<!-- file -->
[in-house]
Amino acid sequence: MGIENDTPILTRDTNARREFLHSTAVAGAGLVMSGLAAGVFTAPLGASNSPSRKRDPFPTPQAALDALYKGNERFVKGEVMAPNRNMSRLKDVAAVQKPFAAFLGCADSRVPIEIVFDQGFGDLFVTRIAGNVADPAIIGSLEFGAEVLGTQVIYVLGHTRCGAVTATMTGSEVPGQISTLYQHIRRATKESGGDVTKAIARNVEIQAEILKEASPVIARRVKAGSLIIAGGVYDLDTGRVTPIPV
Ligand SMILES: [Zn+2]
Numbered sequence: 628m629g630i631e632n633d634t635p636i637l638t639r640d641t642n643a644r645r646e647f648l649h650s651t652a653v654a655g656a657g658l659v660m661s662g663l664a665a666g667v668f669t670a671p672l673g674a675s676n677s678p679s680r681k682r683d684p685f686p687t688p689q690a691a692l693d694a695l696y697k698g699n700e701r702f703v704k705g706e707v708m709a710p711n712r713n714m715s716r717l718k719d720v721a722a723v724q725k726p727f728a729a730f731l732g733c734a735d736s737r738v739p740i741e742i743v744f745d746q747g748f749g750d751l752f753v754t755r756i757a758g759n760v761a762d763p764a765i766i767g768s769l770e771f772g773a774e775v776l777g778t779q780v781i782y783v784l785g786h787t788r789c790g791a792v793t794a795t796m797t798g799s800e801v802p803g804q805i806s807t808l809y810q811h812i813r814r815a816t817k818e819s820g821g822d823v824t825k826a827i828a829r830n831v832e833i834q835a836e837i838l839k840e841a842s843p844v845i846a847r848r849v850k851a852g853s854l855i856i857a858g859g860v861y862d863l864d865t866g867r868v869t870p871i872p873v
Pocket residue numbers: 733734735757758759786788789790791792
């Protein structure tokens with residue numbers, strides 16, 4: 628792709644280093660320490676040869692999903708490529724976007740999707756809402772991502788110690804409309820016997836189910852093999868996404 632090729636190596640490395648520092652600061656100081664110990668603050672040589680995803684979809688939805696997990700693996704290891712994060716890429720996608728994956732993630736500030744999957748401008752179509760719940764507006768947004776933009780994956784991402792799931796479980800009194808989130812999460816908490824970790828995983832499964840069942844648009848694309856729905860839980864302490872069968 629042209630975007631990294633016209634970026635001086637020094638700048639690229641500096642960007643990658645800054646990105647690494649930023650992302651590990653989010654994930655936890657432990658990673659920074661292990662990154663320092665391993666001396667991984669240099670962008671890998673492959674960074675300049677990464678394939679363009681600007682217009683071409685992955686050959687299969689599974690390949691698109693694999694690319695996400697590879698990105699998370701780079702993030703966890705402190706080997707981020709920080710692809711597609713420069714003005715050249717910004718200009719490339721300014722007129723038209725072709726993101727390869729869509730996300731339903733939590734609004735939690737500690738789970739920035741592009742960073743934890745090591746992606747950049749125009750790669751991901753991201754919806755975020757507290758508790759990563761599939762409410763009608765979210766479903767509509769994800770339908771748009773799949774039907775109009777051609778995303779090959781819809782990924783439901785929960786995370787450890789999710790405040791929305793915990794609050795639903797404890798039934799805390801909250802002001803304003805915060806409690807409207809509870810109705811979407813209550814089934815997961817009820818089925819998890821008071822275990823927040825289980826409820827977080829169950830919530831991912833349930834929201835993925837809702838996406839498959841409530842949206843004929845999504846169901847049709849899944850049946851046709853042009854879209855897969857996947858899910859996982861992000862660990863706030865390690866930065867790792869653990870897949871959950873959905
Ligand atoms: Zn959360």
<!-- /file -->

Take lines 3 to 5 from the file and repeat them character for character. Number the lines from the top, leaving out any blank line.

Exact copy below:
Ligand SMILES: [Zn+2]
Numbered sequence: 628m629g630i631e632n633d634t635p636i637l638t639r640d641t642n643a644r645r646e647f648l649h650s651t652a653v654a655g656a657g658l659v660m661s662g663l664a665a666g667v668f669t670a671p672l673g674a675s676n677s678p679s680r681k682r683d684p685f686p687t688p689q690a691a692l693d694a695l696y697k698g699n700e701r702f703v704k705g706e707v708m709a710p711n712r713n714m715s716r717l718k719d720v721a722a723v724q725k726p727f728a729a730f731l732g733c734a735d736s737r738v739p740i741e742i743v744f745d746q747g748f749g750d751l752f753v754t755r756i757a758g759n760v761a762d763p764a765i766i767g768s769l770e771f772g773a774e775v776l777g778t779q780v781i782y783v784l785g786h787t788r789c790g791a792v793t794a795t796m797t798g799s800e801v802p803g804q805i806s807t808l809y810q811h812i813r814r815a816t817k818e819s820g821g822d823v824t825k826a827i828a829r830n831v832e833i834q835a836e837i838l839k840e841a842s843p844v845i846a847r848r849v850k851a852g853s854l855i856i857a858g859g860v861y862d863l864d865t866g867r868v869t870p871i872p873v
Pocket residue numbers: 733734735757758759786788789790791792